I listened to all the albums again in chronological order and then started to focus in on the ones that I really liked and wanted to listen to regularly. I realised that my growing love of the band, rather predictably, all came down to 70s Genesis. Most people consider the band to have had two lives, one in progressive rock and another in pop, one with Peter Gabriel fronting the band, the other with Phil Collins at the mic. That’s almost true, but it does oversimplify things by making the demarcation line the change of singer. Post Gabriel albums A Trick of the Tail and Wind & The Wuthering both feel like the expansive, experimental band that had come before. As many people have told me since, this was largely due to a member of the band I was completely unaware of before delving into the early work, someone who played guitar in the band during both Gabriel and Collins’ tenure on lead vocals, Steve Hackett. It seems bizarre that a guitarist who influenced the likes of Brian May and Eddie Van Halen wasn’t someone that I was already aware of. The way Hackett seemed to be sidelined and almost written out of history in the Genesis: Together and Apart documentary could go some way to explaining why.
Listening to the Genesis albums with fresh ears and a new outlook, removing the baggage of my early nineties prejudices was a complete revelation. Discovering that I didn’t automatically dislike songs that Phil Collins was the lead vocalist on (including album tracks from before Gabriel left) was even more surprising. The music that this band created during the decade in which I was born was hitting me like The Beatles, Led Zeppelin, The Doors, Pink Floyd, Black Sabbath or Jimi Hendrix had when I first listened to them properly, but unlike those bands none of my school or Uni friends had pushed me in Genesis’s direction. This band were something else, groundbreaking musical pioneers, fearless innovators, creating complex, multi faceted tracks, with thought provoking lyrics, ambitiously written, arranged and performed. Five supremely talented musicians who together created music that transcended the sum of their parts. This was not what I was expecting from the geography department plus the guy who did Sledgehammer and some guitarist bloke I’d never heard of. Once the music took hold of me I started to delve into articles, books and the band’s history, as the process junkie and mild obsessive I am.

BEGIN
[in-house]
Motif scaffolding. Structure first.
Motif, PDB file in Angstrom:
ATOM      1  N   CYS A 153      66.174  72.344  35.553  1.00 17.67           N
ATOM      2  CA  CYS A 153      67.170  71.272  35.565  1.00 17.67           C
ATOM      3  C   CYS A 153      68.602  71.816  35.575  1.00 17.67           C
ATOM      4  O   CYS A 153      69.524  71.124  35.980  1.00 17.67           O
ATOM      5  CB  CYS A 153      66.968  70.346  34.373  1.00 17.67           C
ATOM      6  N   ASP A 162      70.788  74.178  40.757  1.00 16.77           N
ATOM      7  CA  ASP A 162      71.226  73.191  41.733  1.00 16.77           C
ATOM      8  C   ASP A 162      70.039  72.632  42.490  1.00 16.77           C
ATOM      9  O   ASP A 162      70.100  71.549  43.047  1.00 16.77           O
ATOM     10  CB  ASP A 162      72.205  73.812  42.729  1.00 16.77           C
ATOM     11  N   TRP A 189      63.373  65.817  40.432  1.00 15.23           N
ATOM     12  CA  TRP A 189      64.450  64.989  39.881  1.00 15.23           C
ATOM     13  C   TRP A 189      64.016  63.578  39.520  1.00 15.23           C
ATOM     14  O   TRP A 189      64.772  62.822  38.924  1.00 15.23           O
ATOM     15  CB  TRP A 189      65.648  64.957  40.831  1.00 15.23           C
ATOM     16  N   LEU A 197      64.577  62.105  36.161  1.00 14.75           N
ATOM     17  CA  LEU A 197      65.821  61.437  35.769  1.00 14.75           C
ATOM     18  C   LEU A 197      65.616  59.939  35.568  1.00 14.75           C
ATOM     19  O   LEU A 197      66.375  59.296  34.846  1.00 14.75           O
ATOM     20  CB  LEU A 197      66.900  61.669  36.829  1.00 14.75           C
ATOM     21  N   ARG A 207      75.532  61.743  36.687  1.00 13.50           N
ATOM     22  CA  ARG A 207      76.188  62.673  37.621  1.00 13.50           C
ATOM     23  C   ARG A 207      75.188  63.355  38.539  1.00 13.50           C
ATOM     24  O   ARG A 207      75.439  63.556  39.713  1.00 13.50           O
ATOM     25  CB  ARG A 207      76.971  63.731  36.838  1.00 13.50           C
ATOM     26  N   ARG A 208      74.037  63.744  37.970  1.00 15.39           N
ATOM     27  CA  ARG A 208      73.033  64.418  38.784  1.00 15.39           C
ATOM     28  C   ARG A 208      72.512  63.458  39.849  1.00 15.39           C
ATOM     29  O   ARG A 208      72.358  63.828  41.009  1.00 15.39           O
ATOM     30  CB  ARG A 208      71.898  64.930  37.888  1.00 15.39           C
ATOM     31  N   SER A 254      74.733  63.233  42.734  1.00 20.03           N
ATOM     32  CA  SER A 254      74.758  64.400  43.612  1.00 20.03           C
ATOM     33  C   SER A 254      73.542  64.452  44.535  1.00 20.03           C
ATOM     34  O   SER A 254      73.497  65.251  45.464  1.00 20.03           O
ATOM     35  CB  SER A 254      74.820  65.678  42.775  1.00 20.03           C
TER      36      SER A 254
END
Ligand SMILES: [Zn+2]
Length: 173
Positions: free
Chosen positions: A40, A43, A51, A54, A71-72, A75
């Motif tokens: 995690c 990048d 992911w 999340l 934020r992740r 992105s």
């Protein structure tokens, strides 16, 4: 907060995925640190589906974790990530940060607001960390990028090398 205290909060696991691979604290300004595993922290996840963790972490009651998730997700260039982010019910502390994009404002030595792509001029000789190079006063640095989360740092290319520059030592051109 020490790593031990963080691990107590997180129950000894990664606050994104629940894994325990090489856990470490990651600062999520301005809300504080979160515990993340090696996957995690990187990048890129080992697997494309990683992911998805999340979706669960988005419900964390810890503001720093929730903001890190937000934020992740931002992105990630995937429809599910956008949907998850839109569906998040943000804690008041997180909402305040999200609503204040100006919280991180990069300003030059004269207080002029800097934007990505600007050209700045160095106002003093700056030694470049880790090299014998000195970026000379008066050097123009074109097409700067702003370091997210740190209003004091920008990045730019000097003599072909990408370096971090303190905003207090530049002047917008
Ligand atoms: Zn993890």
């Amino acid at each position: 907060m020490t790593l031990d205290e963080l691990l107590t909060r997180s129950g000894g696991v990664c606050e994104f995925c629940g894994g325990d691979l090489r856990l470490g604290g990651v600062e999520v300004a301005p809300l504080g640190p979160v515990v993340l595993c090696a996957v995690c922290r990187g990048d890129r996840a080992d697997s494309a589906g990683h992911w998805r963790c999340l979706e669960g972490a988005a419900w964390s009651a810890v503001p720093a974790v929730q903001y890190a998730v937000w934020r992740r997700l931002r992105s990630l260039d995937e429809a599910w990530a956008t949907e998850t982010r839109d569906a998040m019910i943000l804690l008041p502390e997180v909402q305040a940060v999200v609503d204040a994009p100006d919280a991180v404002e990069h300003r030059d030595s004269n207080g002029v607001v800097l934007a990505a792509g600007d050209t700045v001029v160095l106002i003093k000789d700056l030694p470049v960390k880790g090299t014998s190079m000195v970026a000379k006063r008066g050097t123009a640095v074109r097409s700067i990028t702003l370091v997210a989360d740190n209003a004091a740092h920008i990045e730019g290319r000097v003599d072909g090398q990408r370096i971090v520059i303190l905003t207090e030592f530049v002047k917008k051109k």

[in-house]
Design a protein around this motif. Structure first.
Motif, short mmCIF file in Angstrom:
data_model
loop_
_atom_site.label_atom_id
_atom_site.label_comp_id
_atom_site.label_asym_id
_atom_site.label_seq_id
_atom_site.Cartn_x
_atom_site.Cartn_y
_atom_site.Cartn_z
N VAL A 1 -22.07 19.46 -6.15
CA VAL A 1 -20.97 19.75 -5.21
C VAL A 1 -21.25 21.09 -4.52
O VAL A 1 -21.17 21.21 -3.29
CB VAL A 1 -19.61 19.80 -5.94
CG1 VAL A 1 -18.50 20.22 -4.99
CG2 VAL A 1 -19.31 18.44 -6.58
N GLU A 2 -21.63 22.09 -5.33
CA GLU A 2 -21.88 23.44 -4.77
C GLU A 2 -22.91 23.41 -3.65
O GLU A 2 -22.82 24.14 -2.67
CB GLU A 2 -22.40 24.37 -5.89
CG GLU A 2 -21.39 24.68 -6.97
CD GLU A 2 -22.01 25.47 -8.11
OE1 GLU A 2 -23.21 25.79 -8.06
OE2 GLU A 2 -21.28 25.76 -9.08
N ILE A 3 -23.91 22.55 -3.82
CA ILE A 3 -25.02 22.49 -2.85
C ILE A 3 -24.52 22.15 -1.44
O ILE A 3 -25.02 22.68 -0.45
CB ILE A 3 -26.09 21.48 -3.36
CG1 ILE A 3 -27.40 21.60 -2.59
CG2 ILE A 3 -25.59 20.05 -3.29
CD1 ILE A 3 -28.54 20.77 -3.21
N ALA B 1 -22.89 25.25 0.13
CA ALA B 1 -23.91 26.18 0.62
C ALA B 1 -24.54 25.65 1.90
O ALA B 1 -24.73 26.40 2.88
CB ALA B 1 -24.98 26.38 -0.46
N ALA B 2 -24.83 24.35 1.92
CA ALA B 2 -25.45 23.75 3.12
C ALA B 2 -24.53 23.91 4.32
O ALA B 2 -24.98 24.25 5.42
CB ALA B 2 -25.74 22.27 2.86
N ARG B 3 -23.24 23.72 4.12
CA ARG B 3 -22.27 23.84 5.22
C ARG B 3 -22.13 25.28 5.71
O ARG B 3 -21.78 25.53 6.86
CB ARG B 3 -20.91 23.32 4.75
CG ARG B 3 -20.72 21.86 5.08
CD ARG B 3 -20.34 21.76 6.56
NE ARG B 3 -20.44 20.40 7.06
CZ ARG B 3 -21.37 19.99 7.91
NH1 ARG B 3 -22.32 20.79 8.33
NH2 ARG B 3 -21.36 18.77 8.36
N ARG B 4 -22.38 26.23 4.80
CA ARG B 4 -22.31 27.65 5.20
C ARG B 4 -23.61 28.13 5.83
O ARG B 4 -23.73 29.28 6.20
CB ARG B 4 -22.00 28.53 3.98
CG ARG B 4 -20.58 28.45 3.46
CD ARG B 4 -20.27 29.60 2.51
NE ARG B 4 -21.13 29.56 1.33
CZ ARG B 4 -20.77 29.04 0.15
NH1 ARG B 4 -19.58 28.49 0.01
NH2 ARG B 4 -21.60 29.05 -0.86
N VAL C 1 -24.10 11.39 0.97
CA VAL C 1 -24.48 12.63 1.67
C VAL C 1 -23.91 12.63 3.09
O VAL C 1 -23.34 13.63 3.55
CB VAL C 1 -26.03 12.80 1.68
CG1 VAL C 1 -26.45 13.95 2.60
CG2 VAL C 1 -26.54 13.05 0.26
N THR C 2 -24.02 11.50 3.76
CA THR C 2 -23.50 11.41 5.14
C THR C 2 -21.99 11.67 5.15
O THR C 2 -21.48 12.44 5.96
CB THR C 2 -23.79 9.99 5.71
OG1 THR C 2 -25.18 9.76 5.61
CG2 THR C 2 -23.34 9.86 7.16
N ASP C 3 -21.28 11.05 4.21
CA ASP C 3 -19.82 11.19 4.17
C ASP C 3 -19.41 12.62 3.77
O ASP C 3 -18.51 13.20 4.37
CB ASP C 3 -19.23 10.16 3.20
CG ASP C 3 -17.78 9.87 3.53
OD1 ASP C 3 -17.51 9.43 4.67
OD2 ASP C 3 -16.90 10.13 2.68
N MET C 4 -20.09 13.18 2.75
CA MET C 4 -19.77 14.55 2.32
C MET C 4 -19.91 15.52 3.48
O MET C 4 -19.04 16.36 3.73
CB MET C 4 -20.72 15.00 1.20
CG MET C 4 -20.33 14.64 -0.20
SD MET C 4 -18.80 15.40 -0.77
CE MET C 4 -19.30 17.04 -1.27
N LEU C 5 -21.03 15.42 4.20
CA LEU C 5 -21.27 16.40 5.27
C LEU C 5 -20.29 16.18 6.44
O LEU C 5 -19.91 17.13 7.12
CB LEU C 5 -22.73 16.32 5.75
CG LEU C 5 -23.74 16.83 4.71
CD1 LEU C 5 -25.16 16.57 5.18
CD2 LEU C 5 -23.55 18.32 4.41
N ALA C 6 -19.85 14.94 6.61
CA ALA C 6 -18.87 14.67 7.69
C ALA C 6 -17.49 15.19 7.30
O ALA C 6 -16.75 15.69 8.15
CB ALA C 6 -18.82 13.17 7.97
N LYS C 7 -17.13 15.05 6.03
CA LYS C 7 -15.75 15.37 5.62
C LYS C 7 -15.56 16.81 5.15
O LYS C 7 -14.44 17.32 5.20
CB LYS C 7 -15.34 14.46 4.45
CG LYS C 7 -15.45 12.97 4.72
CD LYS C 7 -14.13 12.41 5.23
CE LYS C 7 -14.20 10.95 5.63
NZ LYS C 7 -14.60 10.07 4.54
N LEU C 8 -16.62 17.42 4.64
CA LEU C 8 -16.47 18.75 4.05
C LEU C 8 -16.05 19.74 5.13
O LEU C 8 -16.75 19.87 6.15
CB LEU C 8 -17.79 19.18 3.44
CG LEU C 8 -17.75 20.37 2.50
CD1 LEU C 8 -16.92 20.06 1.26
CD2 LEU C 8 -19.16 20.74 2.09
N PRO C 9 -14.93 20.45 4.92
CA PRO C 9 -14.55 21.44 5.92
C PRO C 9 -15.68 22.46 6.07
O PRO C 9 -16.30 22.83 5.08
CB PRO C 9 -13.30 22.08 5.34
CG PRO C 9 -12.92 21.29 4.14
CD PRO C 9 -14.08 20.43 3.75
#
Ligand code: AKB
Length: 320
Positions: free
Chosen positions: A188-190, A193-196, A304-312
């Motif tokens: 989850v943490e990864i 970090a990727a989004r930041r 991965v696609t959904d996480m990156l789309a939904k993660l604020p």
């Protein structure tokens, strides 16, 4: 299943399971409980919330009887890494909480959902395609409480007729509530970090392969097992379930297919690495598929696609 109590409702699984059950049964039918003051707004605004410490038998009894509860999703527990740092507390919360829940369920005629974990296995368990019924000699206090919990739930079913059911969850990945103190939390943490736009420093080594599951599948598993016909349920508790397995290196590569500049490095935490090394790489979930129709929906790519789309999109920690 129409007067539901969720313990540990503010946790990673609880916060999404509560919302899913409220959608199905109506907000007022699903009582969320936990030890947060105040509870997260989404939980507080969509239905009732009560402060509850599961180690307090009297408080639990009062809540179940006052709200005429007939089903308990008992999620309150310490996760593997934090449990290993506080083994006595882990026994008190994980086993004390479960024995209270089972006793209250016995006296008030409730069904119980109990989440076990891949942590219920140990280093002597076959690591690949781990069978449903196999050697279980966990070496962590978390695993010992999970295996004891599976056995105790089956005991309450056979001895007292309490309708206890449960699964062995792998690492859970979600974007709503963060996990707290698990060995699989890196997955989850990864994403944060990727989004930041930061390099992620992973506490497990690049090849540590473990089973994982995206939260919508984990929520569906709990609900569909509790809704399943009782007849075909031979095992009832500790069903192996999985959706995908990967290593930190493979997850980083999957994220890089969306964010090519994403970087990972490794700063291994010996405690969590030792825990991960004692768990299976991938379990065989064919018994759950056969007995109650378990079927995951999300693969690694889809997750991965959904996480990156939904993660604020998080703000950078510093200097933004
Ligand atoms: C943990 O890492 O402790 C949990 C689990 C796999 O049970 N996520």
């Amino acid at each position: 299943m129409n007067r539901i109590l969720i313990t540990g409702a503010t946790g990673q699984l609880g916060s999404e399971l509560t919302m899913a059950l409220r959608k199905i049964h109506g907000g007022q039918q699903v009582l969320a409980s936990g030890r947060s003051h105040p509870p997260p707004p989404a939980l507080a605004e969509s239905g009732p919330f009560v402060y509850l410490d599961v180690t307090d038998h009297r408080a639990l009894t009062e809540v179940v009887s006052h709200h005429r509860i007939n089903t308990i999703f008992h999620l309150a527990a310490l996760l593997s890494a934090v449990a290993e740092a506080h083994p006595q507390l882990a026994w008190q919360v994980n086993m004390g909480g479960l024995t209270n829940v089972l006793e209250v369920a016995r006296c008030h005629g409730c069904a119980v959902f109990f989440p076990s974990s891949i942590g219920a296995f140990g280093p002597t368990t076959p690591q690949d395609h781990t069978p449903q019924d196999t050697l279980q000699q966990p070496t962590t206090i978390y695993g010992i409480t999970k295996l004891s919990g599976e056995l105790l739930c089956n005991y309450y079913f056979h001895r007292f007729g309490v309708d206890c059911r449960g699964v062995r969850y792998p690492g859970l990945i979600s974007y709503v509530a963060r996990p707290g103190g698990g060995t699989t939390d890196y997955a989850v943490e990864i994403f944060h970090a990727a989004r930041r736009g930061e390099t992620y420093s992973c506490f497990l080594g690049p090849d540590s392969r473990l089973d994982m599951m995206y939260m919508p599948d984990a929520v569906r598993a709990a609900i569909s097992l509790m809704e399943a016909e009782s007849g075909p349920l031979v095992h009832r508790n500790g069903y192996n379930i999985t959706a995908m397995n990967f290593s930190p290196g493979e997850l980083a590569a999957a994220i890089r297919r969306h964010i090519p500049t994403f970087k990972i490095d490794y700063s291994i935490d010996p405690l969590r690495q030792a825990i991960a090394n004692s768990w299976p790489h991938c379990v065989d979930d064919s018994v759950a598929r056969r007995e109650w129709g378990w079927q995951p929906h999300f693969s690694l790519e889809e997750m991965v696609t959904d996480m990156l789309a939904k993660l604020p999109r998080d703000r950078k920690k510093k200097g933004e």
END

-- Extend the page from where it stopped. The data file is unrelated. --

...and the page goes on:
The more I looked at old photos and video footage, the more I felt their cultural influence should have been bigger. In music, fashion and movies, for me at least, the Seventies was the best era of all, taking the freedom of expression of the sixties and pushing it even further. And for a few brief years I’d argue that during the more interesting time in pop culture Genesis were the five coolest people on the planet and yes I’m including Tony Banks (that’s the keyboard player and key songwriter) in that statement.
You don’t even need to turn your attention to Peter Gabriel’s theatrical stage garb to find a fashion icon within Genesis either. No matter how cheesy eighties and nineties Phil Collins would become (there’s no way to redeem a balding mullet unless you’re Danny DeVito), bearded Phil was the proto hipster long before the hipster was invented. And, of course, one of the best drummers of all time (43rd best according to Rolling Stone and Mastodon’s Brann Dailor’s personal favourite).
They became much more popular and from a sales perspective, successful in the eighties, but that robbed them of an even more potent legacy in my opinion. Walk into an HMV store, one of the few that still exist, or pop into a holiday gift shop and have a look at the key-rings, t-shirts and posters. Much like The Beatles, Bob Marley, The Ramones, The Who and Nirvana you’ll usually find Pink Floyd garb (my own Pink Floyd key-ring actually came from HMV) but you won’t see anything relating to Genesis, a band whose music is just as important.
That’s the biggest downside of being ahead of your time, the world just isn’t ready for you, apart from a discerning few. It could be that they were victims of their own later success and a generation of merchandise creators and music fans wrote them off as an overplayed pop group rather than true rock visionaries, much like I did. Is my sudden love of Hackett era Genesis such a shock though, not really when I start to piece together where they fit alongside other artists in my own music collection, even if I ignore my growing interest in prog. There’s the undeniable Englishness, that evokes memories of The Kinks or The Who, infectious humour and quirkiness reminiscent of Yello or They might be giants, the strange time signatures of Soundgarden, the skilled musicianship of Jimi Hendrix or Black Sabbath, the evocative world building of John Williams or something by Holst.
Regardless of the modern day take on Genesis, I’d implore any self respecting music fan to give the seventies albums multiple spins to see what I mean. If you’re anything like me, you’ll be extremely pleased you did.
In Part Two I’ll be focussing on the key albums and giving you my personal take on them. in the meantime if you can’t wait to see what I mean then watch what I feel is one of the most perfect sets ever played by a band on TV. Genesis live on Belgian TV show Pop Shop in 1972, drawing heavily from their third album Nursery Cryme. You also get to hear Twilight Alehouse, an excellent song that never found its way onto any of their album releases. Enjoy.